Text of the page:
Empowerment, Feminism and Self-Efficacy: Relationships with Disordered Body Image and Eating

ASU Author/Contributor (non-ASU co-authors, if there are any, appear on document)
Jessica Abaigeal Kinsaul (Creator)
Appalachian State University (ASU )
Web Site: https://library.appstate.edu/
Lisa Curtin

Abstract: Eating disorders are prevalent in the United States, relate to significant psychological and health problems, and primarily affect women. Sociocultural norms pertaining to an ideal of thinness for women are considered central in the development of disordered eating and disturbed body image. On the other hand, adoption of a feministic ideology, empowerment and self-efficacy are thought to have protective value with regards to body image and eating behavior. Undergraduate women (n = 184) enrolled in psychology classes completed selfreport measures of feminism, empowerment, self-efficacy, body image and eating attitudes/behavior. Inconsistent with hypotheses, there was no relationship between feminism and disordered eating. However, as hypothesized, positive perceptions of personal body image related positively with later stages of feminism. Negative body image and disordered eating were associated with lower self-efficacy, and, consistent with hypotheses, self-efficacy predicted disordered eating and body image beyond what was predicted by empowerment. Self-efficacy may serve as a protective factor for college aged women from disordered eating and negative body image, although the present study is limited by reliance on correlational rather than longitudinal data. Increased self-efficacy appears to be a promising treatment target in the context of eating and body image disorder treatment.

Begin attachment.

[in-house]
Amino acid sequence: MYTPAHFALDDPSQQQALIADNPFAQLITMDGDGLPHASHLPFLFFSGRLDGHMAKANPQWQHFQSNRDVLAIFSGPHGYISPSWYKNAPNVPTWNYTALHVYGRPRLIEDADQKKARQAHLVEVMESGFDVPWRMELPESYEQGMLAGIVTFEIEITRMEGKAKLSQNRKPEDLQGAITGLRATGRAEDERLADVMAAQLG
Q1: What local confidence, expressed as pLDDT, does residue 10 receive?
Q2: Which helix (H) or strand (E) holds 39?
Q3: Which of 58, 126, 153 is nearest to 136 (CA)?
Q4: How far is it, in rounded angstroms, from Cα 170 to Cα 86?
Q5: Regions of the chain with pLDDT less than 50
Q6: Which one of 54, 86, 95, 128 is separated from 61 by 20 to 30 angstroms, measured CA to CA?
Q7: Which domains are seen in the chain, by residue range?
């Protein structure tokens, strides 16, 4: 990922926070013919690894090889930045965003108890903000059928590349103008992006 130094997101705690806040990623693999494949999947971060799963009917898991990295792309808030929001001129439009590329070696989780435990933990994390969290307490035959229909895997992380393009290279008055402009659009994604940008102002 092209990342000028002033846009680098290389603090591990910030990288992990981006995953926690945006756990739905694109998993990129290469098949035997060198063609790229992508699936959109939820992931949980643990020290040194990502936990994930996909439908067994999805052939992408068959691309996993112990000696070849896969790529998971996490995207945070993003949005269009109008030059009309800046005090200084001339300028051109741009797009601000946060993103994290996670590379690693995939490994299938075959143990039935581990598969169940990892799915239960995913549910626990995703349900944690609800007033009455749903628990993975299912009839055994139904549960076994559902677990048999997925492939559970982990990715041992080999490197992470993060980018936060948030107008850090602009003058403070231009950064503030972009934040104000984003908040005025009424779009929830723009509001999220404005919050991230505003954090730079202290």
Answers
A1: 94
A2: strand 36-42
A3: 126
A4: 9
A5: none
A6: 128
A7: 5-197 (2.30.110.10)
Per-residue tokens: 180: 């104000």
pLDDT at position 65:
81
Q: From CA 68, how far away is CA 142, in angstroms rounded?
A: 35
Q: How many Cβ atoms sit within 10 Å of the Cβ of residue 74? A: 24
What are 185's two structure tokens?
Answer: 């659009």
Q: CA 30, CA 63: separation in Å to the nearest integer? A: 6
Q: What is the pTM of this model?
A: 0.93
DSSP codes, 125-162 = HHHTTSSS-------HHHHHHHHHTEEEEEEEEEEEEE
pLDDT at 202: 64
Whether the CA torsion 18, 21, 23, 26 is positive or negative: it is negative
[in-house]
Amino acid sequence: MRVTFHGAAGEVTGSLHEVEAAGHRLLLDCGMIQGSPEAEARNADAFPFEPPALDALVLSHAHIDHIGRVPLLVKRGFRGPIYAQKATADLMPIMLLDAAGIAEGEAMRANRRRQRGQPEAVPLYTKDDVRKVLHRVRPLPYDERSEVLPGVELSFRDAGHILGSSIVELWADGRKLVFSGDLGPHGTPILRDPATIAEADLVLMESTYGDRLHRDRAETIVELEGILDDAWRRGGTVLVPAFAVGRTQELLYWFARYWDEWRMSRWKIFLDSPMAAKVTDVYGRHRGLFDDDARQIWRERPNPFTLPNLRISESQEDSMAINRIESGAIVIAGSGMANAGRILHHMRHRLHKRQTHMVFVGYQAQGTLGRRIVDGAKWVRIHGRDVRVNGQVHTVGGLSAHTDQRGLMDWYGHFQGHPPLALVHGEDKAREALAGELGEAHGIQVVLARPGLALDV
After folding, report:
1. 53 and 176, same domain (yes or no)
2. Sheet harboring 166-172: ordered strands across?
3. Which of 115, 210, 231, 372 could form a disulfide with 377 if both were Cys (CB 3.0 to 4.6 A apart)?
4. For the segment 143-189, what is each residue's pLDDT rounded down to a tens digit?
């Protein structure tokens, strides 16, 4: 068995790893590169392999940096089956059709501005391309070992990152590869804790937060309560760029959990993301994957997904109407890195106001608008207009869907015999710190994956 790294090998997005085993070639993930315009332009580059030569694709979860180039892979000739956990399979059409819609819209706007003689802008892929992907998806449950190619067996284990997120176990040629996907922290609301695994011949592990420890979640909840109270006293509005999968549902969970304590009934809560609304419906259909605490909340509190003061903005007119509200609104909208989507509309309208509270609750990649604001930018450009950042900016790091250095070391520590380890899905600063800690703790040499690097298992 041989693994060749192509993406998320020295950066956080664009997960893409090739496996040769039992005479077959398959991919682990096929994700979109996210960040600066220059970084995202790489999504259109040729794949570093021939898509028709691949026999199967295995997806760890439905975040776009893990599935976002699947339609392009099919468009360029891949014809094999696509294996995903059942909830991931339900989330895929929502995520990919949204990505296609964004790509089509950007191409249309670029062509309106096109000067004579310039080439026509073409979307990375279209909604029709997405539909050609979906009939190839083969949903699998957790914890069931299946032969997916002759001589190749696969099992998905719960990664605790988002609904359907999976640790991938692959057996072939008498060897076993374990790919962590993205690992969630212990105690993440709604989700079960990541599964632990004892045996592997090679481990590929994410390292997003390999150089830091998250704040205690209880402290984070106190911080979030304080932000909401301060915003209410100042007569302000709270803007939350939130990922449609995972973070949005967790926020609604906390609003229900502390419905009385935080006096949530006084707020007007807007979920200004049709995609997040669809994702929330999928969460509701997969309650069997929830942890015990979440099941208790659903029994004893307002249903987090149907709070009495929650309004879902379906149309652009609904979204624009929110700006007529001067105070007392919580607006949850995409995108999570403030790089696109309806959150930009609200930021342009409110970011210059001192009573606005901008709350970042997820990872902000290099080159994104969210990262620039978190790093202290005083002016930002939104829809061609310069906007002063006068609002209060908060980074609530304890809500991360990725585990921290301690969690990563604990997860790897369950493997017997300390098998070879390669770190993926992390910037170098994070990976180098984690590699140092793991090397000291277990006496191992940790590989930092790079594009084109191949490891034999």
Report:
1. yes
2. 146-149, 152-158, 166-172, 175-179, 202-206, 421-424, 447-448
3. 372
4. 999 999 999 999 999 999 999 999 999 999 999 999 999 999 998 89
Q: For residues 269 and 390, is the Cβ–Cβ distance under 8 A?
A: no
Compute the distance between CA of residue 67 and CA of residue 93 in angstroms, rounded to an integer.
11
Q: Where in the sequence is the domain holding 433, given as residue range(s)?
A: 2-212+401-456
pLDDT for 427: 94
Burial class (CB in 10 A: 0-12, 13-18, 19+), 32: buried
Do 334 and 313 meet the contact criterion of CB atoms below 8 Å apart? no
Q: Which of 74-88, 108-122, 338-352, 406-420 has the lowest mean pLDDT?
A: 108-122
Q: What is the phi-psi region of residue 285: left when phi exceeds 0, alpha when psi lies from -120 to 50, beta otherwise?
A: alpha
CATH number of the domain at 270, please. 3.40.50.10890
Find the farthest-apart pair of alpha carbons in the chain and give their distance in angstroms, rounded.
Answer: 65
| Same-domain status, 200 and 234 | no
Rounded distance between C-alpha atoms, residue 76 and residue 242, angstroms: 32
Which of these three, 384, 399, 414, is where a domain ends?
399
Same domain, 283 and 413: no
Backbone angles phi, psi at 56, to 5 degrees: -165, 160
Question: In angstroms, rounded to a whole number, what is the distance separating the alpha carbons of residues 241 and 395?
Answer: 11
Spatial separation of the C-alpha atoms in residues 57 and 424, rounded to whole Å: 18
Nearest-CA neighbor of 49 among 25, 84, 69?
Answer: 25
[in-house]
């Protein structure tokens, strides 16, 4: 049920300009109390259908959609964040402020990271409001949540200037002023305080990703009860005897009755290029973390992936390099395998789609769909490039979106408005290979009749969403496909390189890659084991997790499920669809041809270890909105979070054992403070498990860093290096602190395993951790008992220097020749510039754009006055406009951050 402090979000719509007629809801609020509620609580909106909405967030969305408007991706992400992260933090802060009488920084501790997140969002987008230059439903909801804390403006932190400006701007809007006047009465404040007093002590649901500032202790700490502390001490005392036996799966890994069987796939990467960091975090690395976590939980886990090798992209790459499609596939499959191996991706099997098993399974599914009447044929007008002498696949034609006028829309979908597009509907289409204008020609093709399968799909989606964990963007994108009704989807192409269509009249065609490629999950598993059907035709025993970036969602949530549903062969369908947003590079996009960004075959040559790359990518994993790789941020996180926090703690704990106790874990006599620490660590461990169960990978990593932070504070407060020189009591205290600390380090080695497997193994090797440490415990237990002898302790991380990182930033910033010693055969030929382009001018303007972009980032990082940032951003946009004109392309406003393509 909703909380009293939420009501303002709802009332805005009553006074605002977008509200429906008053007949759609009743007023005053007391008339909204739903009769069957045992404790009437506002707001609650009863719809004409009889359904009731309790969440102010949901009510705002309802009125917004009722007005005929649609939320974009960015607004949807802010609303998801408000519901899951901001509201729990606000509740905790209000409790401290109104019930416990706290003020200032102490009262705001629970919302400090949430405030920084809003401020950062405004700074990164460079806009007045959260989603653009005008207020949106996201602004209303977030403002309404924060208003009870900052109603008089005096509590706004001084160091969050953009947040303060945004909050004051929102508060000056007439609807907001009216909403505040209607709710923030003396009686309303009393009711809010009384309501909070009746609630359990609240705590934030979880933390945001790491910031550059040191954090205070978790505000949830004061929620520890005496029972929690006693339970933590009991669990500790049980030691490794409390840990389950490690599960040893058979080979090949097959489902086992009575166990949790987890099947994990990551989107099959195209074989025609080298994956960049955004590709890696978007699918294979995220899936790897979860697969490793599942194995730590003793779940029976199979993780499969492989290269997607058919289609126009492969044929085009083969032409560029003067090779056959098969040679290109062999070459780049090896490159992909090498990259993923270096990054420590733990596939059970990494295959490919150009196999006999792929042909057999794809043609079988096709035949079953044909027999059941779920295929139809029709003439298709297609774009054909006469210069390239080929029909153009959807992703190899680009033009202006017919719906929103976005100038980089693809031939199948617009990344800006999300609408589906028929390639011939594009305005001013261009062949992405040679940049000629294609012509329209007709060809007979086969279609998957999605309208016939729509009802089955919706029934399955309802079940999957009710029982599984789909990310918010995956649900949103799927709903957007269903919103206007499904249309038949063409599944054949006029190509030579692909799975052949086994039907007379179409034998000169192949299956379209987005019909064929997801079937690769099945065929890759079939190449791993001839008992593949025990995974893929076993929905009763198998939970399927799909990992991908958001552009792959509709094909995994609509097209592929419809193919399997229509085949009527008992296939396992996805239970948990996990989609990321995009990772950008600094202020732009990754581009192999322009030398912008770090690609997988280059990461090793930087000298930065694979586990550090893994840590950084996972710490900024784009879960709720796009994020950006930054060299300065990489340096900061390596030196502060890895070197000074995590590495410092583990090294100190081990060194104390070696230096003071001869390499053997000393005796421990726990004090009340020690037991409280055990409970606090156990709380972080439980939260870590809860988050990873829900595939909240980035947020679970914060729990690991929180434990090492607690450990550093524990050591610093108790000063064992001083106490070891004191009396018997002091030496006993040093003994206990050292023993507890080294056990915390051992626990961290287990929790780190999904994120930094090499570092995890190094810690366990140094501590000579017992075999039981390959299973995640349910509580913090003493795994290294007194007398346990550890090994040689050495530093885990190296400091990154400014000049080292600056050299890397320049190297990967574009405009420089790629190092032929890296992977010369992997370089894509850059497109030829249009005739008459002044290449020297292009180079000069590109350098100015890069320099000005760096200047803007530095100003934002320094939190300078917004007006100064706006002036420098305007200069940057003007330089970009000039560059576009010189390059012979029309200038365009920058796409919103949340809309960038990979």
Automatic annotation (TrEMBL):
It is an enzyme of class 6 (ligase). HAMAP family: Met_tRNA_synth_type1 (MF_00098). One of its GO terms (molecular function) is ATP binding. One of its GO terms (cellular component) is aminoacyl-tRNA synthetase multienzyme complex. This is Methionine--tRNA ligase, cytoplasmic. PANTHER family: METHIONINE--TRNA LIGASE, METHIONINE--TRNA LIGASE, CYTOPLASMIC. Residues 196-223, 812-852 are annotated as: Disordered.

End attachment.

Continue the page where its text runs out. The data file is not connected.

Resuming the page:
Additional Information

Kinsaul, J.A. (2010). Empowerment, Feminism and Self-Efficacy: Relationships with Disordered Body Image and Eating. Unpublished master’s thesis. Appalachian State University, Boone, NC.
Language: English
Date: 2010

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